A Foot in the Door: Using Alternative Staffing Organizations to Open Up Opportunities for Disadvantaged Workers

January 30, 2009

Despite the current recession, temporary employment will likely represent an increasing share of the labor market in the future, particularly for entry-level and low-wage occupations. In recent economic downturns, the temporary help sector has been among the first to rebound, coming back strongly after times of high unemployment. In this climate, alternative staffing organizations, which couple temporary placements with key supportive services, are well-positioned to provide needed assistance to both disadvantaged job seekers and employers.A Foot in the Door presents P/PV's findings from the national Alternative Staffing Demonstration, funded by the Charles Stewart Mott Foundation. It provides a close examination of four alternative staffing organizations (ASOs) and their efforts to help low-skill and low-wage job seekers find employment. Unlike typical for-profit staffing firms, ASOs may offer -- in addition to the temporary jobs they help participants secure -- retention and supportive services, access to better jobs and assistance obtaining full-time, permanent employment. Fees charged to employers largely cover the costs of these services, making ASOs distinct from other workforce development strategies that depend entirely on foundation grants or public contracts and are usually required to serve certain populations. In contrast, ASOs are flexible on both the supply and demand sides -- they can make adjustments to whom they serve to meet employer needs and identify businesses that are a good match for job seekers. Our findings suggest that when this flexibility is combined with the provision of appropriate supportive services, it may open doors for populations that would otherwise have difficulty accessing these opportunities.A companion report from the Center for Social Policy at the University of Massachusetts Boston's John W. McCormack Graduate School of Policy Studies focuses on the capacity of the four ASOs to generate job assignments and serve two sets of customers -- job seekers and employers -- and explores the financial and operational implications of meeting mission and income-generation goals.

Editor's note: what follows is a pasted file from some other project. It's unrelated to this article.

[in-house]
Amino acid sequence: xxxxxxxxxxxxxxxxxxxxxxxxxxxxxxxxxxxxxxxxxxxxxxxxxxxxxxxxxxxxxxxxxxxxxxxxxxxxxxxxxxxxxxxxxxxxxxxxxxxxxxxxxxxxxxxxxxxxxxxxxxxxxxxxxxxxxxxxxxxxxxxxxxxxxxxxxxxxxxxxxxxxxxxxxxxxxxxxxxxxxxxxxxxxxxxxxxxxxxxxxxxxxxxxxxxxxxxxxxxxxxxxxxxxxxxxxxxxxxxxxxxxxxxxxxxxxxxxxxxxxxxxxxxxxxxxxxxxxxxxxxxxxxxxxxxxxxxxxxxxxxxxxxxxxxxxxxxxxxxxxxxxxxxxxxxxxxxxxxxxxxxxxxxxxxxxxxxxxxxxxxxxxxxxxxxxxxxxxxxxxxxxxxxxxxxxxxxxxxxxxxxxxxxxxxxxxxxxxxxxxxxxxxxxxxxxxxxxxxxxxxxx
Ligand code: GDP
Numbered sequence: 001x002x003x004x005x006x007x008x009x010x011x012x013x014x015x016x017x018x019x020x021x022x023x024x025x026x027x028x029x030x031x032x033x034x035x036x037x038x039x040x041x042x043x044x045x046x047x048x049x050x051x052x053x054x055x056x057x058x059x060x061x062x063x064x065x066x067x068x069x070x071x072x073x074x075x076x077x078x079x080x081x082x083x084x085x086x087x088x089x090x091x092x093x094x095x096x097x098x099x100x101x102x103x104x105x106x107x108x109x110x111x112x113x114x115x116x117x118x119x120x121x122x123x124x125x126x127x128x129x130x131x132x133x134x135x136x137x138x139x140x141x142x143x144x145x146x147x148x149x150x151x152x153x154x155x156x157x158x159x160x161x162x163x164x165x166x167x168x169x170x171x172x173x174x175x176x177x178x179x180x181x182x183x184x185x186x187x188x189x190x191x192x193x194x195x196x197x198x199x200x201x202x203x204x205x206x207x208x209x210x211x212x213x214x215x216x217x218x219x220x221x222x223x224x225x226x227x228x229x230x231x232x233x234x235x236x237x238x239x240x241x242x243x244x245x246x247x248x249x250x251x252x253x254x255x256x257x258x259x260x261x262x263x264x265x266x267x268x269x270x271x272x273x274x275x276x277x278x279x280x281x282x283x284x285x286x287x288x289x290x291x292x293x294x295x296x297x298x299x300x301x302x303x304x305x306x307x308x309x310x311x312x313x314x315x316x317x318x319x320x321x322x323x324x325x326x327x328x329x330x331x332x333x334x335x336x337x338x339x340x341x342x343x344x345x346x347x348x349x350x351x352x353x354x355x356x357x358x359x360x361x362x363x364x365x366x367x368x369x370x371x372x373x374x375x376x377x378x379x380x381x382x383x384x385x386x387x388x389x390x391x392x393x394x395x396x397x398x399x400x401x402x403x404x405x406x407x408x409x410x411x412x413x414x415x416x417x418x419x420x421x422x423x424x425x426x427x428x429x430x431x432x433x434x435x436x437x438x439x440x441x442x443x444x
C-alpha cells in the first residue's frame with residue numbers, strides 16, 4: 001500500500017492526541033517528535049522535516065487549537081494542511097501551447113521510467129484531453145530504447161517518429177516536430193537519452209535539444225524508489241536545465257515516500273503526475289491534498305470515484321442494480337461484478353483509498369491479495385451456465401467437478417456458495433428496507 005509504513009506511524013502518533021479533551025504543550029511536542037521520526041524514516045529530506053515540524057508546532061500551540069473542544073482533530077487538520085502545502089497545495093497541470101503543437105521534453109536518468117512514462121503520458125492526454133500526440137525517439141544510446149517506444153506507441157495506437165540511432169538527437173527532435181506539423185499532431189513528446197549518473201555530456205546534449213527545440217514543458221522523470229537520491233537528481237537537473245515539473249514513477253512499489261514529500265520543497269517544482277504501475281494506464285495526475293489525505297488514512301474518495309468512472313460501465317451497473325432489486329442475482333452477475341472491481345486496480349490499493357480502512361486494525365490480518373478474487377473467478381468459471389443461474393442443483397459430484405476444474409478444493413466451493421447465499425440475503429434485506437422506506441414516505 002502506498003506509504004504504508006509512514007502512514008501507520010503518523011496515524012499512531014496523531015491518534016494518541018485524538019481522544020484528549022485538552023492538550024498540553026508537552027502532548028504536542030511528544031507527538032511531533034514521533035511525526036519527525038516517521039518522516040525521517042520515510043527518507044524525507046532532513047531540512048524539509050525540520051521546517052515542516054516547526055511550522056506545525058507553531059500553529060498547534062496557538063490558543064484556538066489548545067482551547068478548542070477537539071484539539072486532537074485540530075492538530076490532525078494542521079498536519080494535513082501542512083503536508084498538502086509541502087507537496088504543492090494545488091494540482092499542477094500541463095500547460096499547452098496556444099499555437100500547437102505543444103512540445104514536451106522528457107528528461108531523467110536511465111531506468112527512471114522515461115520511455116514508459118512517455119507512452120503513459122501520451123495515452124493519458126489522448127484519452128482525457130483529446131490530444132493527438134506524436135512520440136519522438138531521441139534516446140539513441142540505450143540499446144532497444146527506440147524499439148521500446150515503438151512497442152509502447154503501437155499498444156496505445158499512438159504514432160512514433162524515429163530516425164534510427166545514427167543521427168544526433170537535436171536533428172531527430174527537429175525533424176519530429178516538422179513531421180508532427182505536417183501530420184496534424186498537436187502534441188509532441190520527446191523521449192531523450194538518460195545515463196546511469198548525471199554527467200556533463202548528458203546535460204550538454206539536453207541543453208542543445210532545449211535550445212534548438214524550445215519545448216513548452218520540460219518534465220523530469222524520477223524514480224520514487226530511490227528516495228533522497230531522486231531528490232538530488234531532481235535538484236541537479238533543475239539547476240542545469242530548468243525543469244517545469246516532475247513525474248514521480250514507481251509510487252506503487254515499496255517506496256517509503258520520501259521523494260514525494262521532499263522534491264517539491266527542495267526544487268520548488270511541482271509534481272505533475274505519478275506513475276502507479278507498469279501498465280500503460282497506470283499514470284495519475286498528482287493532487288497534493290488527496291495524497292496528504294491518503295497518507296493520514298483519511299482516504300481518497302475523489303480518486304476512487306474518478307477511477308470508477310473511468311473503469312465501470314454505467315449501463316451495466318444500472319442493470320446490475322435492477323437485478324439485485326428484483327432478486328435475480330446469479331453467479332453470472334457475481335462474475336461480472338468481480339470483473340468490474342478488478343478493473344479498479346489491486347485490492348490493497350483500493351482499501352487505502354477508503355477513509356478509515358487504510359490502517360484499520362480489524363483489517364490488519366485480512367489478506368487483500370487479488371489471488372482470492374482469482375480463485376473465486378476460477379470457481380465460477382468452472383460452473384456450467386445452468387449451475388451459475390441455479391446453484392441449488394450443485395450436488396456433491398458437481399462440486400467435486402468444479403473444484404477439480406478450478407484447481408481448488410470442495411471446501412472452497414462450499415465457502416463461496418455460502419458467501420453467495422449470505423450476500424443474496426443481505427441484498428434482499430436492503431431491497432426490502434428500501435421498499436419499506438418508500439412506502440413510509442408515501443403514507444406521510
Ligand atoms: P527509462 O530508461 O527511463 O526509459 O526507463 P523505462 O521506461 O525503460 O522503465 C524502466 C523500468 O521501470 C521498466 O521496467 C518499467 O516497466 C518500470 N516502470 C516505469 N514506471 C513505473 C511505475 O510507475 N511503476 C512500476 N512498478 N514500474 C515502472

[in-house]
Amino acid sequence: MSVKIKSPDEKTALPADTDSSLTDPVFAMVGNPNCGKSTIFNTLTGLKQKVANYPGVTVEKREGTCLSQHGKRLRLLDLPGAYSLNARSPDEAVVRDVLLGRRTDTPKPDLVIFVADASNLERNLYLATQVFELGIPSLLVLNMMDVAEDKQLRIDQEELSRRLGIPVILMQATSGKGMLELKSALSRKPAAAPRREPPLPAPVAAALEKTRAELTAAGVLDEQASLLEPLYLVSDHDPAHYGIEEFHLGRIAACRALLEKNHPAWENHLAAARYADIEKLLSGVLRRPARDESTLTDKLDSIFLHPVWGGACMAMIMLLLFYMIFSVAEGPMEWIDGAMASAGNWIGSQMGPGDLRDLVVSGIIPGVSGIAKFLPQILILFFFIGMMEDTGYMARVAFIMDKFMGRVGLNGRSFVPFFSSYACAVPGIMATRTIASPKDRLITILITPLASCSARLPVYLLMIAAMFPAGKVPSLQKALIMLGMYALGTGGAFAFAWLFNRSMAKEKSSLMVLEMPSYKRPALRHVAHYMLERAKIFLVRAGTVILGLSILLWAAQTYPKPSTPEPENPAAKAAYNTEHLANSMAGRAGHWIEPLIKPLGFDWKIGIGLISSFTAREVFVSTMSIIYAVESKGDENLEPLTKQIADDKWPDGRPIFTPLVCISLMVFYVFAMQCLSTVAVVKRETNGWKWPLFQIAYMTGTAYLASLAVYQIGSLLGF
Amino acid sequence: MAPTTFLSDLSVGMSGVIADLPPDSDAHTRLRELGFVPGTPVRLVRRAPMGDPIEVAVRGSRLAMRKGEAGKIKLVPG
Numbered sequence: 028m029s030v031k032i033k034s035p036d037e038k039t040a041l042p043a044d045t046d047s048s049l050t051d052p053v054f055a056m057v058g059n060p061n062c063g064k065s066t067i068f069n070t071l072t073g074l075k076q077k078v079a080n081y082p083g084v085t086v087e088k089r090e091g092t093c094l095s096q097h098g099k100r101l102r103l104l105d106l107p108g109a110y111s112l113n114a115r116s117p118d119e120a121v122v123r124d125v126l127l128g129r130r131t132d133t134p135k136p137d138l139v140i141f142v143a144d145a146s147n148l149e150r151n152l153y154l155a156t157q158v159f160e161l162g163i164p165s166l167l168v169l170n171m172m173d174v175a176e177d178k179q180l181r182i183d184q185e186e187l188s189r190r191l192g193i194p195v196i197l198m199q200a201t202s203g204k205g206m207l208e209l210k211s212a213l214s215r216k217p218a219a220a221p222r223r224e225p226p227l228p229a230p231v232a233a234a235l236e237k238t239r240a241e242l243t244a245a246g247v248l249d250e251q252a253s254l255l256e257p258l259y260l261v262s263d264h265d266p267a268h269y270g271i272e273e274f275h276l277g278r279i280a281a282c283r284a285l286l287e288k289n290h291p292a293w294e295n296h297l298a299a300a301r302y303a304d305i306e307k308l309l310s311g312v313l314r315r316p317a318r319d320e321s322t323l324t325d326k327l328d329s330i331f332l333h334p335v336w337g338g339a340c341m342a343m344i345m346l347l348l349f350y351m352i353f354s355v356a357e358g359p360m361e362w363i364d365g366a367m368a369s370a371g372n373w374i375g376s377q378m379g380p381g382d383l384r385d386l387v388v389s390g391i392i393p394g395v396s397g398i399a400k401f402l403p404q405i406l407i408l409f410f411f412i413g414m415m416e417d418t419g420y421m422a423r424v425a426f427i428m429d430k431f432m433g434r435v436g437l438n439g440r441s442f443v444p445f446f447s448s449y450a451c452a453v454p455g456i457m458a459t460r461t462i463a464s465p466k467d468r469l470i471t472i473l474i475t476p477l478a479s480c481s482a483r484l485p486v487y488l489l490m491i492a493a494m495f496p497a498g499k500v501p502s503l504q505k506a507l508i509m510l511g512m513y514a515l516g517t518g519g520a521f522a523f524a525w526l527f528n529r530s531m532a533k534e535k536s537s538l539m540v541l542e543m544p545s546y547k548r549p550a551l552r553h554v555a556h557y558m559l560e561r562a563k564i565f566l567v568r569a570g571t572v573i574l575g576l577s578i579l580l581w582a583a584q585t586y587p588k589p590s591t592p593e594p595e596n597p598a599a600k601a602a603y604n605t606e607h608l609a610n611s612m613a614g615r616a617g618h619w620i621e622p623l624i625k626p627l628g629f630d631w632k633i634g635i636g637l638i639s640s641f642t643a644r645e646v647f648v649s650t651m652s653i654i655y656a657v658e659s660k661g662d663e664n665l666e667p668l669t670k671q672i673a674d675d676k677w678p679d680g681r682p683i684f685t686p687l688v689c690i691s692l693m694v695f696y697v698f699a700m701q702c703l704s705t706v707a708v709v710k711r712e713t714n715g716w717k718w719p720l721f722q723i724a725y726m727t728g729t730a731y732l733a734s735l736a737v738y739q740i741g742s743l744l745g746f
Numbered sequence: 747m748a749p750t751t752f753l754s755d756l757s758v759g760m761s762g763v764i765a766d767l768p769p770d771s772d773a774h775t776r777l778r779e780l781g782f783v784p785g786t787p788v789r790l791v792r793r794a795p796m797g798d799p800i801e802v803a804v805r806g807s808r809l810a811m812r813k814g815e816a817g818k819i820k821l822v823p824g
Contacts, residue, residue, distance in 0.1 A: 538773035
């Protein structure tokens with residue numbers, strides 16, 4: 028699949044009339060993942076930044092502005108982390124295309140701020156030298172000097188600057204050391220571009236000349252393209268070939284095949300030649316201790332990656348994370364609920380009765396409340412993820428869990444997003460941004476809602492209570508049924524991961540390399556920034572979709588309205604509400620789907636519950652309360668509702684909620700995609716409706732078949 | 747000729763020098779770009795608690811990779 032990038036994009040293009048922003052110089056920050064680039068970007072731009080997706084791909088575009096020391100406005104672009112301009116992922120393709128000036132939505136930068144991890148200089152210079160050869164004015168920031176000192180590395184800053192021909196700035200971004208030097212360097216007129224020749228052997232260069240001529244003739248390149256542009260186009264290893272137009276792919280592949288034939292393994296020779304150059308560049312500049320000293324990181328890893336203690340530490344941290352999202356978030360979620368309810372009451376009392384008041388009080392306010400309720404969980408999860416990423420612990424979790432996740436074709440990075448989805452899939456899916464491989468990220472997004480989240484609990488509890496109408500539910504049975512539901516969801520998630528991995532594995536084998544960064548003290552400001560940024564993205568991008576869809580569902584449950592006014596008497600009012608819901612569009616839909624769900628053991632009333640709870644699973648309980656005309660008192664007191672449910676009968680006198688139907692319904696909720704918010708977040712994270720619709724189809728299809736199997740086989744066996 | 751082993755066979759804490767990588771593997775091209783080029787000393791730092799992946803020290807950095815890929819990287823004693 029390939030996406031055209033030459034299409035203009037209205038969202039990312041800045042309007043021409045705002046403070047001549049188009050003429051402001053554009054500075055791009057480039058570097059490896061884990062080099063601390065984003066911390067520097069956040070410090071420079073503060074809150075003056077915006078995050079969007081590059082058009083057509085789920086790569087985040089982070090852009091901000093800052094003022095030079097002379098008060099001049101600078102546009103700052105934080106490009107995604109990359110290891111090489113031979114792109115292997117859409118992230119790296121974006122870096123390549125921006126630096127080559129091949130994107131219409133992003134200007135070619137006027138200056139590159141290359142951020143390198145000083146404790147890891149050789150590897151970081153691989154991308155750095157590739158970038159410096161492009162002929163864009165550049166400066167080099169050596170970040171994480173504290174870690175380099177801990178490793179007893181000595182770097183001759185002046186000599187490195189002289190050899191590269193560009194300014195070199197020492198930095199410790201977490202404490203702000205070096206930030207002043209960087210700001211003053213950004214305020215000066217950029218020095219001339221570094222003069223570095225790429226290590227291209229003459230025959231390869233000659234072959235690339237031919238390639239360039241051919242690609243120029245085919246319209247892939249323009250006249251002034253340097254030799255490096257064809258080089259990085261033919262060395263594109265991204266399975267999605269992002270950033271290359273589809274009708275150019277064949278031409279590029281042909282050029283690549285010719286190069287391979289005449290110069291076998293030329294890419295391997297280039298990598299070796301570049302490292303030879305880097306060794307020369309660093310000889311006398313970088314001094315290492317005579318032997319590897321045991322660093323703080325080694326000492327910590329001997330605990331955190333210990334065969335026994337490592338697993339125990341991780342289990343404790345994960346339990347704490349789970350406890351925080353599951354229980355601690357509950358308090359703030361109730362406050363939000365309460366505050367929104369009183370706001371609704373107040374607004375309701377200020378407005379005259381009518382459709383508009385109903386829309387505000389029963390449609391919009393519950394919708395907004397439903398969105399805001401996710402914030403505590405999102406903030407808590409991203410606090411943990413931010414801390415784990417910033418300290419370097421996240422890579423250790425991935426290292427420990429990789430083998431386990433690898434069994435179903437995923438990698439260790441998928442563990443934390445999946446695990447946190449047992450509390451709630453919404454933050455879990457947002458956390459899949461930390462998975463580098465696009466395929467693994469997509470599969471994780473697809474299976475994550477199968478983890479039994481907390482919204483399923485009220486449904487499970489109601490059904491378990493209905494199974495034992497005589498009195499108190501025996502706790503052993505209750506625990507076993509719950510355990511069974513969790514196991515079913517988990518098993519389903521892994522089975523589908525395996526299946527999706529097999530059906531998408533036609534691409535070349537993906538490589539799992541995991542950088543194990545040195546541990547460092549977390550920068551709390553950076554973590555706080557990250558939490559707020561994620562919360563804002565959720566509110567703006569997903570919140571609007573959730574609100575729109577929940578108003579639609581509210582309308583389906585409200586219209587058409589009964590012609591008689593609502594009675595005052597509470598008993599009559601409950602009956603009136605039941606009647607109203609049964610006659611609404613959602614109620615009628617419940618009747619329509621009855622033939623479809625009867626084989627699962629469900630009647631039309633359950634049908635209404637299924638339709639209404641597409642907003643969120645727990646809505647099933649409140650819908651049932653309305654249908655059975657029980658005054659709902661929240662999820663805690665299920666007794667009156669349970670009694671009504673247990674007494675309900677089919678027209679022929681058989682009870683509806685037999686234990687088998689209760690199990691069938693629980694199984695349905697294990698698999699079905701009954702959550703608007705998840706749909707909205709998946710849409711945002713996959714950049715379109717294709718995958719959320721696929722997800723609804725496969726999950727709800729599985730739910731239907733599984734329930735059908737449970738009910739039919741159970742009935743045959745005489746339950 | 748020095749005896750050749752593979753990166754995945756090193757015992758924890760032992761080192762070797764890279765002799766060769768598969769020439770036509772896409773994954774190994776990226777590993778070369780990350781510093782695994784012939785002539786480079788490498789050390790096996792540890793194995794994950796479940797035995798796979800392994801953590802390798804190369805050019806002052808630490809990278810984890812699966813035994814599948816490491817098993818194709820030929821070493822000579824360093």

Collaborating to Innovate: Achievements and Challenges in the New York City Sectors Planning Phase

August 30, 2007